Worker’s Compensation: On the Job Injuries

Over a hundred years ago, the United States worker’s compensation laws were codified to help injured workers, regardless of fault in what was known as the “Grand Bargain.” This draconian system was implemented to help victims of workplace injuries and has evolved into the modern day gridding system that applies assigned values for designated injuries. The system is not perfect and often unfairly treats permanent injuries.

The plus, is the statutory 66% wage loss reimbursement and medical expense benefit, but no real compensation for pain and suffering. This deal was intended to simplify the claims of injured workers despite the issue of fault, as many workers might be to blame for their own injuries.

Nonetheless, there are many victims who are not responsible for their injuries, but they must still deal with their respective systems to get what they can. The program must provide significant benefits or substitute systems must provide a “Reasonable Amount, and according to a reasonable and definite scale, by way of compensation for the loss of earning power incurred in the common enterprise.” New York Central Railroad v. While, 243 US 188, 37 S. Ct. 247, 61 L. ed 667 (1917).

This created the modern system of worker’s compensation for on-the-job injuries. It is important to note that this system is not a truly fair system for injury victims as compared to the Constitutional right to a jury trial afforded to non on-the-job injuries as we see in 3rd party accident claims where regulations do not control how persons are compensated. This is known as the “exclusive remedy.”

An injured employee is completely barred from suing anyone that is under the umbrella of the employer. For example, a construction worker who might injure himself on the job during a building framing, can’t sue his framing contractor if he was negligent in the safety of the work site. Just the same, that employee is prohibited from suing the plumbers or welders who may have left pipe in a hidden place causing someone to fall or a welder who failed to secure a steel staircase. This all falls under the worker’s compensation system where thousands of accidents are filed every day.

Only four states in the U.S. have government run systems, eighteen have a hybrid state funded program, and the rest, including Nevada, are privately run by insurance companies; thus, insurance companies operate with premiums paid by employers, and the for-profit model is in effect. Given this, it is imperative a claimant get representation to navigate the process, including initial filing, doctor selection, and appeals. The right to select your doctor is limited in Nevada, and attorneys may know the doctors on the selection list who are fair. Given the PPD ratings are designed to be objective, there are many ways in which a subjective reading can play a major role in the outcome. “Disability benefits can be paid for the duration of disability up to the life of the worker or benefits may be capped either by age, duration of receipt, or total amount of benefits received.”

In 1979, Congress passed the Occupational Safety and Health Act which changed the system drastically. “Congress established that every employer has an affirmative responsibility to provide a safe workplace to its workers, thus reinforcing the basic tenet of workers’ compensation that employers are responsible for the injuries, illnesses, and deaths of their employees, regardless of fault.” With OSHA, the goal was to keep safety standards at work in hopes in would alleviate the majority of employer caused work place injuries. Obviously, it did not, but standards are now in place that have decreased accidents since the inception.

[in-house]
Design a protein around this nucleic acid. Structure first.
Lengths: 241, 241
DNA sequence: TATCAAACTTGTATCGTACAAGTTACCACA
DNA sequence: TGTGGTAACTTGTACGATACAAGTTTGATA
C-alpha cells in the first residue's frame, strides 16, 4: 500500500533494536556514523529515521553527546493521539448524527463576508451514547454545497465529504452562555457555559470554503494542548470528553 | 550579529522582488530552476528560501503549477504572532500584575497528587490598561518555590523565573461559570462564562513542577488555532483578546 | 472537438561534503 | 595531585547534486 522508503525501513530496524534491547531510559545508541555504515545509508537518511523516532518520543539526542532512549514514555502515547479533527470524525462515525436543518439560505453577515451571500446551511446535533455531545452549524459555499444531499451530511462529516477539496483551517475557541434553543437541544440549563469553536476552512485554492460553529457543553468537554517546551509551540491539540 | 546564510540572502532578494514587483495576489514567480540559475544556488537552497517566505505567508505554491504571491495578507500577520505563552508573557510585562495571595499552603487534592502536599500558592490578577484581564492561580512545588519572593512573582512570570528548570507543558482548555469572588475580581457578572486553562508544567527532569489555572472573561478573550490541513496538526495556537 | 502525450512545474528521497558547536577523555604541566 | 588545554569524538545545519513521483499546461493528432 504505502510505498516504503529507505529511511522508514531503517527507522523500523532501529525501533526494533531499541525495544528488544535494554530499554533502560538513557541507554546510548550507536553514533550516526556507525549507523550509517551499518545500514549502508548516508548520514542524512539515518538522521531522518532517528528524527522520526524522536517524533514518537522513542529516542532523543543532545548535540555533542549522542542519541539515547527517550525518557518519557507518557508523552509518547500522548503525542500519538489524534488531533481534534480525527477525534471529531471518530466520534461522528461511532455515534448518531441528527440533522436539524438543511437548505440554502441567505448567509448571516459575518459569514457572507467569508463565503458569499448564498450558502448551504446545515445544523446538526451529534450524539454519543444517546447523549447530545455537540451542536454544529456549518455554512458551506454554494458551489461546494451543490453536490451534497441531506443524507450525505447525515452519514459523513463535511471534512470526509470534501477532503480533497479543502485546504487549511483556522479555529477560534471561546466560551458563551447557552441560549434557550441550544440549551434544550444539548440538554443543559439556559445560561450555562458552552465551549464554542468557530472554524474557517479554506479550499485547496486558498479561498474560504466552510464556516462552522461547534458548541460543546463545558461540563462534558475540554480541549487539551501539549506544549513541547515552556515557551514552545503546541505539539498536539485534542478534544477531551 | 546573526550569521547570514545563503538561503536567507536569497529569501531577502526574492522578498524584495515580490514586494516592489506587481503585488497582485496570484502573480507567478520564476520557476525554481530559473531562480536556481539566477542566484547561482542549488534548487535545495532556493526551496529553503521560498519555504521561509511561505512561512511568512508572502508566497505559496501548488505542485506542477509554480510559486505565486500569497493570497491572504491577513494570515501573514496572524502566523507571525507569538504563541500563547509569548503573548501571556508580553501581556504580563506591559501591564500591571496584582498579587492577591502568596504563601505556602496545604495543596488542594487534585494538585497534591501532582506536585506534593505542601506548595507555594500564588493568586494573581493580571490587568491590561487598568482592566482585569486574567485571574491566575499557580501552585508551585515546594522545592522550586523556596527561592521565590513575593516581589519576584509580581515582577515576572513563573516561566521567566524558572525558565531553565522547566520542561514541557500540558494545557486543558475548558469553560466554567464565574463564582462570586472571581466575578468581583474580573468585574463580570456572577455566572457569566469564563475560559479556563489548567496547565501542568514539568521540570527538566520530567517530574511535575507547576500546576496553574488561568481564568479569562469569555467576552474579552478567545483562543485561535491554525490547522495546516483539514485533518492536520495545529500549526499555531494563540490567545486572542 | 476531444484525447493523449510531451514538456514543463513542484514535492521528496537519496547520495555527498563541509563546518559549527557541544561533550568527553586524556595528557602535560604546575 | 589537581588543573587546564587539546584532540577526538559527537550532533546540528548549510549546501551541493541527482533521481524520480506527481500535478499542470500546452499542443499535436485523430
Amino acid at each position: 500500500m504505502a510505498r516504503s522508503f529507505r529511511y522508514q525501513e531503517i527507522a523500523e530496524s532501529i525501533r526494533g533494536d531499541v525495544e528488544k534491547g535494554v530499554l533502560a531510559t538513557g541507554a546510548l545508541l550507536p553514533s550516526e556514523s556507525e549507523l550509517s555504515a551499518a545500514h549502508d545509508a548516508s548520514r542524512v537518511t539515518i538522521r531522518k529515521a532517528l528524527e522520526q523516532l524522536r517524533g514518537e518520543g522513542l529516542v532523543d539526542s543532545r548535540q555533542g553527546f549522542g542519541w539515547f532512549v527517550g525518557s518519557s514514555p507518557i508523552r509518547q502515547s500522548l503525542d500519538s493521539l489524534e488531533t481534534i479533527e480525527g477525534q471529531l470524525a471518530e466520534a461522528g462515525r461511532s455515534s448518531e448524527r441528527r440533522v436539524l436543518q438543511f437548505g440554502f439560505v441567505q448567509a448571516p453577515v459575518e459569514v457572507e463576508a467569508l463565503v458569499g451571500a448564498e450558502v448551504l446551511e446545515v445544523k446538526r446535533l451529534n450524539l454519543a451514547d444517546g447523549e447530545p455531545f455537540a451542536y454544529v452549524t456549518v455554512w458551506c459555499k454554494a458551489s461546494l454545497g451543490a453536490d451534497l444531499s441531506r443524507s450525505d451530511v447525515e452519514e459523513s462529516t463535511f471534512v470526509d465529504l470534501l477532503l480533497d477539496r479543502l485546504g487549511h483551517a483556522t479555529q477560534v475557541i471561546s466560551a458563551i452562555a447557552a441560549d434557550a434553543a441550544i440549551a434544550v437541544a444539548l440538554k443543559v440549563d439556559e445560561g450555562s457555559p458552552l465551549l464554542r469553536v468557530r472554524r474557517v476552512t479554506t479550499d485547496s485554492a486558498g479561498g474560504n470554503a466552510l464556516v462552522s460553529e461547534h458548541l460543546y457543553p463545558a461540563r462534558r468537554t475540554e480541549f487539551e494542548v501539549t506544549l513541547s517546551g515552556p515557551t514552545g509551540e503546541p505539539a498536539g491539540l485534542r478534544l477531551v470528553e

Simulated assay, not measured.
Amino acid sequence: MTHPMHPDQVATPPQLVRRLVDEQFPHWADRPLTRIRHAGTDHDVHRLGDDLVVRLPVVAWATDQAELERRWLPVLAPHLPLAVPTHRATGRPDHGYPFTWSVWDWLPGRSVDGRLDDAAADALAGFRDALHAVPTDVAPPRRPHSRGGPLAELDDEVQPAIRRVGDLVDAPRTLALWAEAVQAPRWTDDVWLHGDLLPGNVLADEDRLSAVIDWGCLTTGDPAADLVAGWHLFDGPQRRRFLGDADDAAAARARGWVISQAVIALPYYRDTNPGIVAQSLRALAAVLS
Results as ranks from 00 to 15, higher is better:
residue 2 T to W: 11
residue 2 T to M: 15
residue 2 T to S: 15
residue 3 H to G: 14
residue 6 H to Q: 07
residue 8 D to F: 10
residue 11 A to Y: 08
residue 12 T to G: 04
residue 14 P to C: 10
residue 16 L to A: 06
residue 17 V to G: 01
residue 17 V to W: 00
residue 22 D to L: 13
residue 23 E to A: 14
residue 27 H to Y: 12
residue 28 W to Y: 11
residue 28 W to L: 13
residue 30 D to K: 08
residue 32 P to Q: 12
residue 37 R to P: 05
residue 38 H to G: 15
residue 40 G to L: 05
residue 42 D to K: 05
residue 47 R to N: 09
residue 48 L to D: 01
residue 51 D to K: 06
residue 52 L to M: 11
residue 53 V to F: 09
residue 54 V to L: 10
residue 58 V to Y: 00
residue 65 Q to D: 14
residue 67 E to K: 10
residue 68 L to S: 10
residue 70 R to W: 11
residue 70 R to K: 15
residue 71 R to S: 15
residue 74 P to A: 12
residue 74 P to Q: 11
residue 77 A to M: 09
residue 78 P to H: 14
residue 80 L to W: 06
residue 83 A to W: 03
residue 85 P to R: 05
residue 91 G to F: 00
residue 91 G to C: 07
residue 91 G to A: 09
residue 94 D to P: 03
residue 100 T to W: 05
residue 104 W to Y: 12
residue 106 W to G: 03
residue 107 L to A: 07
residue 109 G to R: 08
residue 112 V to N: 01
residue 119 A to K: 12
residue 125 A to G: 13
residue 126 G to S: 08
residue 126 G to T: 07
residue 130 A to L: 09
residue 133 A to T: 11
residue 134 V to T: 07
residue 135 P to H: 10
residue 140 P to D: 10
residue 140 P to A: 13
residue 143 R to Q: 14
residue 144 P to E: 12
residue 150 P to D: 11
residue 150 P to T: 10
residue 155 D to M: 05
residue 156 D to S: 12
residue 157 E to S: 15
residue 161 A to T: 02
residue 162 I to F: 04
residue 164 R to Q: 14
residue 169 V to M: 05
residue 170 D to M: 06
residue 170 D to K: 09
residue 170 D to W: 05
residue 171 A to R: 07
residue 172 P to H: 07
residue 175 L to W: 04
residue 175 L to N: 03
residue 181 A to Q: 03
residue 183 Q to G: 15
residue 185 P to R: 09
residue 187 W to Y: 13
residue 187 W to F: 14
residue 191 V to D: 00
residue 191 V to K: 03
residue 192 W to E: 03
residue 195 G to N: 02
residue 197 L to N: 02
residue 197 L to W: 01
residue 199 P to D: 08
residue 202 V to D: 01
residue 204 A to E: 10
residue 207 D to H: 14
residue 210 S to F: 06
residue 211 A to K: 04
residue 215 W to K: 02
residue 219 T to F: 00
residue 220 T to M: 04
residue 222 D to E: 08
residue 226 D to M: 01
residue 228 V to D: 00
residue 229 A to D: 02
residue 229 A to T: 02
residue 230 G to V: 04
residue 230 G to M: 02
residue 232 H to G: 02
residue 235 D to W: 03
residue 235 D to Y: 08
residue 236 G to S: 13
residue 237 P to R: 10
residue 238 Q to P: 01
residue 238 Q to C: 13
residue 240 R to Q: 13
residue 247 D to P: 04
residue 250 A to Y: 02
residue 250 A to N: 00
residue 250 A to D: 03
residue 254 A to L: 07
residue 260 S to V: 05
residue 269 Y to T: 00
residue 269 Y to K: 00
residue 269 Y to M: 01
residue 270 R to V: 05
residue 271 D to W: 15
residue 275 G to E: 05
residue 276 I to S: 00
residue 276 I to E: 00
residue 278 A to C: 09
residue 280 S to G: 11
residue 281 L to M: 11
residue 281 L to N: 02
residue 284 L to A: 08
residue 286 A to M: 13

Today, nearly all folks, whether large or small injuries must go through the program to receive compensation. The bulk of such cases are relatively small payouts. A study in Florida showed that 96% claims are under $5,000 (2018), thus insurance companies are making millions on the system, and it is effectively making corporations wealthy, while leaving victims without adequate compensation.

Ida M. Ybarra, Esq.
Workers’ Compensation Specialist, Ida M. Ybarra, Esq.

Florida, like Nevada, is one of the privatized insurance states. From the black lung cases in coal mines, to the lung cancer from casino smoke, environmental hazards of specific jobs can be life ending disasters. Federal laws protect and provide certain coverages for Federal employees like the Maritime workers, Military, and Federal Post office employees; Under FECA, the Federal Employee’s Compensation Act, such coverage is much more statutory in nature, and often not practice areas most State worker’s compensation attorneys venture into. Perhaps because there is not a lot of gray area in the Federal arena. For example, a disability rating under FECA for a lost leg is worth 288 weeks’ of compensation. A lost eye is 160 weeks’ of compensation. Very cut and dry formulas—and often unfair.

In the COVID-19 pandemic timeframe, cases are very hard to prove given rampant community spread, and an inability to pinpoint infection. Due to this it can complicate the evidentiary process of proving up the origin.

States can help mandate Covid presumption via rules and regulations to help define the process by which COVID cases are determined, but only a handful of Nevada attorneys may be handling such cases which must be very fact specific.

Benson and Bingham has a division of workers compensation lawyers in Nevada specifically devoted to handling these cases.

Contact Benson & Bingham Accident Injury Lawyers, LLC.

Benson & Bingham
626 S 10th St
Las Vegas, NV 89101

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